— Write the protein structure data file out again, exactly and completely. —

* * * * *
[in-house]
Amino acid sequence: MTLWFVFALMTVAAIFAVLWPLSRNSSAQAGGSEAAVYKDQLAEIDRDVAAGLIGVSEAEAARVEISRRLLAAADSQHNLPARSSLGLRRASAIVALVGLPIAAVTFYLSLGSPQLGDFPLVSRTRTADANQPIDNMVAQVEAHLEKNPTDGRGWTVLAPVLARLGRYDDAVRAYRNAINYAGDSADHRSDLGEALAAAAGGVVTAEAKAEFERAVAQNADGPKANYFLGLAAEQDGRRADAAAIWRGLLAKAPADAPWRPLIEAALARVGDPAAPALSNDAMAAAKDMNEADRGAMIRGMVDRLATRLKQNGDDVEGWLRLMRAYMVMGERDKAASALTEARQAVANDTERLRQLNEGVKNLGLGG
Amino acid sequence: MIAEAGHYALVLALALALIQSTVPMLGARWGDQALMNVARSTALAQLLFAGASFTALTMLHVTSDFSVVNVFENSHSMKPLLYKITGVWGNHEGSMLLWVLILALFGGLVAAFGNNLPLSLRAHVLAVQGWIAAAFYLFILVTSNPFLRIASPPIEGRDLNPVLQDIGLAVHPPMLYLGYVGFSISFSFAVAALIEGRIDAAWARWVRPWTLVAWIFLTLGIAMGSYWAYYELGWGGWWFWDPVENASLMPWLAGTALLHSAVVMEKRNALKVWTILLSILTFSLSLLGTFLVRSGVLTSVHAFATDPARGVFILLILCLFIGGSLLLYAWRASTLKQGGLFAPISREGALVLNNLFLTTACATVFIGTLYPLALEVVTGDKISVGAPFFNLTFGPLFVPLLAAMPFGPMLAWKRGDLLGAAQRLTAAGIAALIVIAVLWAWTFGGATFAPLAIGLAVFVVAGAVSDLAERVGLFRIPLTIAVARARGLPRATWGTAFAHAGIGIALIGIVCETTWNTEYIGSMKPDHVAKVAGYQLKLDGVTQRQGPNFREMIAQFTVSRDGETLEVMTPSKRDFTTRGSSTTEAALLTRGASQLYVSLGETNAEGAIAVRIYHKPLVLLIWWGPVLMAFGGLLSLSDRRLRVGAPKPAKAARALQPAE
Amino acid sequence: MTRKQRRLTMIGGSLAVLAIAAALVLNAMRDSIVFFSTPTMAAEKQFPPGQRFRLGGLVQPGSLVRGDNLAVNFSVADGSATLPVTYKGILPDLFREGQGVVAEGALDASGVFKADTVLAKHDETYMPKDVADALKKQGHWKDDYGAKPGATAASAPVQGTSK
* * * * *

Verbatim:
[in-house]
Amino acid sequence: MTLWFVFALMTVAAIFAVLWPLSRNSSAQAGGSEAAVYKDQLAEIDRDVAAGLIGVSEAEAARVEISRRLLAAADSQHNLPARSSLGLRRASAIVALVGLPIAAVTFYLSLGSPQLGDFPLVSRTRTADANQPIDNMVAQVEAHLEKNPTDGRGWTVLAPVLARLGRYDDAVRAYRNAINYAGDSADHRSDLGEALAAAAGGVVTAEAKAEFERAVAQNADGPKANYFLGLAAEQDGRRADAAAIWRGLLAKAPADAPWRPLIEAALARVGDPAAPALSNDAMAAAKDMNEADRGAMIRGMVDRLATRLKQNGDDVEGWLRLMRAYMVMGERDKAASALTEARQAVANDTERLRQLNEGVKNLGLGG
Amino acid sequence: MIAEAGHYALVLALALALIQSTVPMLGARWGDQALMNVARSTALAQLLFAGASFTALTMLHVTSDFSVVNVFENSHSMKPLLYKITGVWGNHEGSMLLWVLILALFGGLVAAFGNNLPLSLRAHVLAVQGWIAAAFYLFILVTSNPFLRIASPPIEGRDLNPVLQDIGLAVHPPMLYLGYVGFSISFSFAVAALIEGRIDAAWARWVRPWTLVAWIFLTLGIAMGSYWAYYELGWGGWWFWDPVENASLMPWLAGTALLHSAVVMEKRNALKVWTILLSILTFSLSLLGTFLVRSGVLTSVHAFATDPARGVFILLILCLFIGGSLLLYAWRASTLKQGGLFAPISREGALVLNNLFLTTACATVFIGTLYPLALEVVTGDKISVGAPFFNLTFGPLFVPLLAAMPFGPMLAWKRGDLLGAAQRLTAAGIAALIVIAVLWAWTFGGATFAPLAIGLAVFVVAGAVSDLAERVGLFRIPLTIAVARARGLPRATWGTAFAHAGIGIALIGIVCETTWNTEYIGSMKPDHVAKVAGYQLKLDGVTQRQGPNFREMIAQFTVSRDGETLEVMTPSKRDFTTRGSSTTEAALLTRGASQLYVSLGETNAEGAIAVRIYHKPLVLLIWWGPVLMAFGGLLSLSDRRLRVGAPKPAKAARALQPAE
Amino acid sequence: MTRKQRRLTMIGGSLAVLAIAAALVLNAMRDSIVFFSTPTMAAEKQFPPGQRFRLGGLVQPGSLVRGDNLAVNFSVADGSATLPVTYKGILPDLFREGQGVVAEGALDASGVFKADTVLAKHDETYMPKDVADALKKQGHWKDDYGAKPGATAASAPVQGTSK